No doubt, there are a lot of bikes on the market promising versatility. Soma Wolverine is a fine example of one that offers highly functional versatility with a few features, such as the sliding dropouts and belt drive capability, that set it apart from entry-level offerings. It’s easy to see this as a versatile drop-bar solution for anyone outside of the performance road or ‘cross racing realm."
SOMA(tic) Tangerine Wolverine
[For an older Wolverine model] Excerpt: read more at http://www.backalleybikerepair.com/somatic-tangerine-wolverine/ Built up, the Wolverine inspires confidence, begs to be ridden, and with the gentle slope of the top-tube it preserves an aesthetic that I find very important. I wanted to ride this bike all over the Cascades...The initial set-up of the bike was aimed at quick, spirited, 1-2 day summer adventures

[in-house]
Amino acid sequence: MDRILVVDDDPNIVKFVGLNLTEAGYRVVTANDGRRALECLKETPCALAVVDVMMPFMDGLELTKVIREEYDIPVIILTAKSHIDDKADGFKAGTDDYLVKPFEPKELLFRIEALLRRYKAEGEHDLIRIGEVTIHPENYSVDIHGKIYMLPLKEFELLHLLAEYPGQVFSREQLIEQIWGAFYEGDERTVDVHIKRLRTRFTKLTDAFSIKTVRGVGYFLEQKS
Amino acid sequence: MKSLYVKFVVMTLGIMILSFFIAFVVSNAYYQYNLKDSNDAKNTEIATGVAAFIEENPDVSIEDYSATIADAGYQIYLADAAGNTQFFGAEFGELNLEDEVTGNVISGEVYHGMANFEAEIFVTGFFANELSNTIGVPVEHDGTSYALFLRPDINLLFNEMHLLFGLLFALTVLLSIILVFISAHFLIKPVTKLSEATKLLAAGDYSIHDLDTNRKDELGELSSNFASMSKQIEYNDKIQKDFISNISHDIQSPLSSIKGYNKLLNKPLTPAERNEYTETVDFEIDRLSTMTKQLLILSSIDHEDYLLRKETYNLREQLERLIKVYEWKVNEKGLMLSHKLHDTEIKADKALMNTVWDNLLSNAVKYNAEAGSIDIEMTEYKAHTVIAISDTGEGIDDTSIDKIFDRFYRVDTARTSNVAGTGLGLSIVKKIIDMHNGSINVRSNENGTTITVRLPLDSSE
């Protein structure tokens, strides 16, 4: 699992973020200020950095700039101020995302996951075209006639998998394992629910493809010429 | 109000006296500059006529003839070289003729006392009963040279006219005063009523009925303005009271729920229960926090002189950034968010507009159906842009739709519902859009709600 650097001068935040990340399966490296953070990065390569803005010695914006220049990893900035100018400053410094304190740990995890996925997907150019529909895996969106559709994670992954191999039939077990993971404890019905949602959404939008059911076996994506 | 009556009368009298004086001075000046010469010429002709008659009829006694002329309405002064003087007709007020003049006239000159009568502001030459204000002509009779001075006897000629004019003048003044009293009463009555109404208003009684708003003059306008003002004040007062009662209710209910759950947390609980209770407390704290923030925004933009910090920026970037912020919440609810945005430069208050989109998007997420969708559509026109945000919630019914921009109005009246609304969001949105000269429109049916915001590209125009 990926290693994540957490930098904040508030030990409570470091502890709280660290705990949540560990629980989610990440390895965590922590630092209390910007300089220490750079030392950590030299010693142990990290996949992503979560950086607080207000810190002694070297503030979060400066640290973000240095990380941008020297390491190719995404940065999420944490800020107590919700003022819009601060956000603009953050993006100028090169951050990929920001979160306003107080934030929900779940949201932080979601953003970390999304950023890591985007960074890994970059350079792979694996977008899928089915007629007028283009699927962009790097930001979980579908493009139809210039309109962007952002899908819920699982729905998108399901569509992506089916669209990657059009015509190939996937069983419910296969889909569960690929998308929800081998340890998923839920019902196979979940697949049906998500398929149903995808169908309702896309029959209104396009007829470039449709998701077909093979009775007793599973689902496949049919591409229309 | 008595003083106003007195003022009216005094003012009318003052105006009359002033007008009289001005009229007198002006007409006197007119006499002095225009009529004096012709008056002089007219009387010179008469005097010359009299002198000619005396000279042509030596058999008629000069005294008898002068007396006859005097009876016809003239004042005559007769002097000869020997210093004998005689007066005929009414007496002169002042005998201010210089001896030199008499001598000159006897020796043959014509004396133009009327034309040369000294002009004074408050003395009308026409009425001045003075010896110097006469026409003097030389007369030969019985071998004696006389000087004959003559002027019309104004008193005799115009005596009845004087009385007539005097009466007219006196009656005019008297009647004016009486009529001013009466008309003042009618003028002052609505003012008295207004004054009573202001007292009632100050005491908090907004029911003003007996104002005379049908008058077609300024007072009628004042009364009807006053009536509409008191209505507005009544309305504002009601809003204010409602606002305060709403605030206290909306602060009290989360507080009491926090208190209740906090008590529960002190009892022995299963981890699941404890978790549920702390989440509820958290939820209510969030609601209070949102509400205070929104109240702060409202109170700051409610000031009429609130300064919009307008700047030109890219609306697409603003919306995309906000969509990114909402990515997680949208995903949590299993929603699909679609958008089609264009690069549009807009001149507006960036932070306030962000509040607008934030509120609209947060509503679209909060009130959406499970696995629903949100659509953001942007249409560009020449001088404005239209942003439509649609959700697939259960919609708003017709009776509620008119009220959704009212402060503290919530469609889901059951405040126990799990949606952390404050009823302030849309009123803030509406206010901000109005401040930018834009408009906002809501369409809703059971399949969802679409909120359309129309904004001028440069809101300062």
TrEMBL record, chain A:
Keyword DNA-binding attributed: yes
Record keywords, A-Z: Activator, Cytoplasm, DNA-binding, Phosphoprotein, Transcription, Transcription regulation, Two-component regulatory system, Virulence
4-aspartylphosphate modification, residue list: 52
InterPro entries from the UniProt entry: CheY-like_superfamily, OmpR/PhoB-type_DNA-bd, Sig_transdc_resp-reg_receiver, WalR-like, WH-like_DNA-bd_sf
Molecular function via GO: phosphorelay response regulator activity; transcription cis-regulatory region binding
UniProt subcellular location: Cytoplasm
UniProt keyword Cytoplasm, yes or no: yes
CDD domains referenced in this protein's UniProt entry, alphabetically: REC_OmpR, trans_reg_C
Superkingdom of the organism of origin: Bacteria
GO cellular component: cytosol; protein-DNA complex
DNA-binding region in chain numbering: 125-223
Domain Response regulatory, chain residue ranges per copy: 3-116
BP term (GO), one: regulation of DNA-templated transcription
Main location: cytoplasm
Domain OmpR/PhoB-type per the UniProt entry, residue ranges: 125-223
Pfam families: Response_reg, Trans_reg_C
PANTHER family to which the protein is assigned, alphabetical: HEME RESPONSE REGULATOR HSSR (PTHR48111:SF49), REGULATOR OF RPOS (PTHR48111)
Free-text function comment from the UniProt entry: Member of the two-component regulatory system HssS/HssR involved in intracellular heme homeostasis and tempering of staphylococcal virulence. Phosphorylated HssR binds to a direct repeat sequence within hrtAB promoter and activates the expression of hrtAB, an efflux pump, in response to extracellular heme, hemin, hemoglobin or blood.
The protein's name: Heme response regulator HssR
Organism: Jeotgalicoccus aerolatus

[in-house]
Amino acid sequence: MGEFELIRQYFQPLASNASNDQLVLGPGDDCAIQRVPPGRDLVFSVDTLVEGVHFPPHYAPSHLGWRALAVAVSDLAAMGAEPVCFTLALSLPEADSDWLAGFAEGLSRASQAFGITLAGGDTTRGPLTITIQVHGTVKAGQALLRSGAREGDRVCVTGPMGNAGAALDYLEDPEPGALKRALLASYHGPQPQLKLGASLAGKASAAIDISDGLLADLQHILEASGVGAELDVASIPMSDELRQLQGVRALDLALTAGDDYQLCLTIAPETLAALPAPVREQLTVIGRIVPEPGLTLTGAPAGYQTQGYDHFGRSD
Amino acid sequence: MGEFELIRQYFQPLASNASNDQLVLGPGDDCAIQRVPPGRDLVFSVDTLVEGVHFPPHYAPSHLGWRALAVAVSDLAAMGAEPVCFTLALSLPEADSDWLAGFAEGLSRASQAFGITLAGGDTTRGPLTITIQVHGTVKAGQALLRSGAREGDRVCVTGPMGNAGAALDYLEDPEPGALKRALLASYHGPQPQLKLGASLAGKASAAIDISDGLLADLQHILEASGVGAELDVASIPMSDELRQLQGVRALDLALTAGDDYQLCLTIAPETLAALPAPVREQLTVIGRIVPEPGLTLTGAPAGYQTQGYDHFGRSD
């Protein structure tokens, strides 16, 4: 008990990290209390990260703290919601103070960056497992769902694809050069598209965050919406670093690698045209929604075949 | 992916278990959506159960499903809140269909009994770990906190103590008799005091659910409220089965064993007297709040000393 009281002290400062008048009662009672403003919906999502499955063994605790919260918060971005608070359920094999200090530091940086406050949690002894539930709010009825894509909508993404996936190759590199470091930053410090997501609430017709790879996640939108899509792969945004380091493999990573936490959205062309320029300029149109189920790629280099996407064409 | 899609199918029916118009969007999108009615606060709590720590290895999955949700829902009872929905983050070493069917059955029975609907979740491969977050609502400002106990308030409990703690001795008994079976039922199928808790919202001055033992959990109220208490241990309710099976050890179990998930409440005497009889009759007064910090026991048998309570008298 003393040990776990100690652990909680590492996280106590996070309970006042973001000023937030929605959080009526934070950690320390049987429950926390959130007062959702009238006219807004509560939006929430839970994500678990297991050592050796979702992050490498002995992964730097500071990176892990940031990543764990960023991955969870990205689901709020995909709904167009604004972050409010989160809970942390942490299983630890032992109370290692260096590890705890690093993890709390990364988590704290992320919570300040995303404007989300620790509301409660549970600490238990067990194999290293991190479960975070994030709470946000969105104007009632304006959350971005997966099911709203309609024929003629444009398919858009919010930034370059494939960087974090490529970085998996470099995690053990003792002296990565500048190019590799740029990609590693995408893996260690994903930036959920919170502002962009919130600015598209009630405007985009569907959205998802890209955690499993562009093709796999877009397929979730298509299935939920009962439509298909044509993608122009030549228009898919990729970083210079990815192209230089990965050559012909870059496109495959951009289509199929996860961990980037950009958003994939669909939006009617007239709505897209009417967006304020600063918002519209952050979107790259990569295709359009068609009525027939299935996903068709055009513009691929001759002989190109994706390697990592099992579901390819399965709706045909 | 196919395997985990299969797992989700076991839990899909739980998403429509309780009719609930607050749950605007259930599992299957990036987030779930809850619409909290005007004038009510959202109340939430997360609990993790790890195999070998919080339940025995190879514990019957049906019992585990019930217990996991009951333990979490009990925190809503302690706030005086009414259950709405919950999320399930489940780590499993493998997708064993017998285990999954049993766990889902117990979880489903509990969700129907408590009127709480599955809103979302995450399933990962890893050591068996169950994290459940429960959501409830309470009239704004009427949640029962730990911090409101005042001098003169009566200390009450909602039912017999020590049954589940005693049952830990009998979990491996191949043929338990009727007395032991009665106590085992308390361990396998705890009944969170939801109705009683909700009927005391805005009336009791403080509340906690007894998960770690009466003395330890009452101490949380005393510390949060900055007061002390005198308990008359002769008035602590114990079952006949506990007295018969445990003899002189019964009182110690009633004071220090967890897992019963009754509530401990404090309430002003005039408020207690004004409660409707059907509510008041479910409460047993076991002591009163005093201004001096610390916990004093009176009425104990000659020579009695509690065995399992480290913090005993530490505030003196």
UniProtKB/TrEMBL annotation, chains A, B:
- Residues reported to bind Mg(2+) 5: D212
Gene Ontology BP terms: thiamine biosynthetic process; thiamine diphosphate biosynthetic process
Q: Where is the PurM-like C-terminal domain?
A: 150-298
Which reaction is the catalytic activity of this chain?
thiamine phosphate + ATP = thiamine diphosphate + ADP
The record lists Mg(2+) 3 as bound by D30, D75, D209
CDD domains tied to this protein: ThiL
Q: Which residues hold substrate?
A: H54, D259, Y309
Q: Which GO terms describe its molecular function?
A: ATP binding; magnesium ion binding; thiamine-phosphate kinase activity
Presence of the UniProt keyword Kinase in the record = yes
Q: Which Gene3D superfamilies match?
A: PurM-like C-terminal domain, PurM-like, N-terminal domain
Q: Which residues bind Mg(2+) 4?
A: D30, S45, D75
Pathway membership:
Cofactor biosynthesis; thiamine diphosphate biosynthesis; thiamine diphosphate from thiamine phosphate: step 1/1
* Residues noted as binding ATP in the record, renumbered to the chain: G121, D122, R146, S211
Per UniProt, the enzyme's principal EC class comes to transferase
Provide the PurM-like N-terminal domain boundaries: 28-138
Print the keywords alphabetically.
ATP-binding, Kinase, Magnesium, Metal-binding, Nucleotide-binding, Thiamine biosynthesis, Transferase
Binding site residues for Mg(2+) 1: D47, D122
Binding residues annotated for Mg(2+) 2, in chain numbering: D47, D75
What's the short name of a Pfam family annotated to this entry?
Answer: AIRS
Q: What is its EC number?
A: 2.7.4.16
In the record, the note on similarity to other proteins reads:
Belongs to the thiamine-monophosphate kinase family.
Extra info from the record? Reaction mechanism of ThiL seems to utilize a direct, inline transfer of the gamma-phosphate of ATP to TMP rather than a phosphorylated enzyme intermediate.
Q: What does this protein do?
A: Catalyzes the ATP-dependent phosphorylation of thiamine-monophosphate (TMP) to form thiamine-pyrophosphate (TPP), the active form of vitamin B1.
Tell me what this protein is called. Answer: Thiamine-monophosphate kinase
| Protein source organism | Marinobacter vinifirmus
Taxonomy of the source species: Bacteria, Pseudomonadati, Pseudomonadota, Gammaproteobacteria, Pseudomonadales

My very first impression was of how STABLE the front end feels. With a lightly loaded handlebar bag (I imported my usual set-up of a Nitto front rack and the Swift Industries small Ozette bag), the Wolverine’s slightly more raked out fork holds a line very well (as well as 650b??). Riding hands free is no problem, such as when grabbing for a snack, removing a riding layer, or taking pictures. Obviously 2.1-inch trail tires won’t feel spry climbing on Seattle’s hills, but they were fun! Especially cutting through alleys and around the Central District’s choppy streets and all over Beacon Hill. The Wolverine reminded me of when I switched from downhill skiing to snowboarding, and how I viewed terrain differently. Whereas obstacles and tree lines were only for flirting with on skis, on a snowboard I’d duck in and out of trees, I’d head straight for the swoopy humps and get some radness. Same thing with the Wolverine. I started popping off of dirt embankments, skidding into loose corners, and rolling obstacles like on-board a 29’er. The SRAM Rival shifting worked flawlessly, the wide gear range (50/34 and 11-32) was up for the aggressive riding as well as always finding a suitable climbing combination. Back on the street, I was reminded of girth of the tires, but smiling, scanning the urban landscape for the next adventure section of road/trail.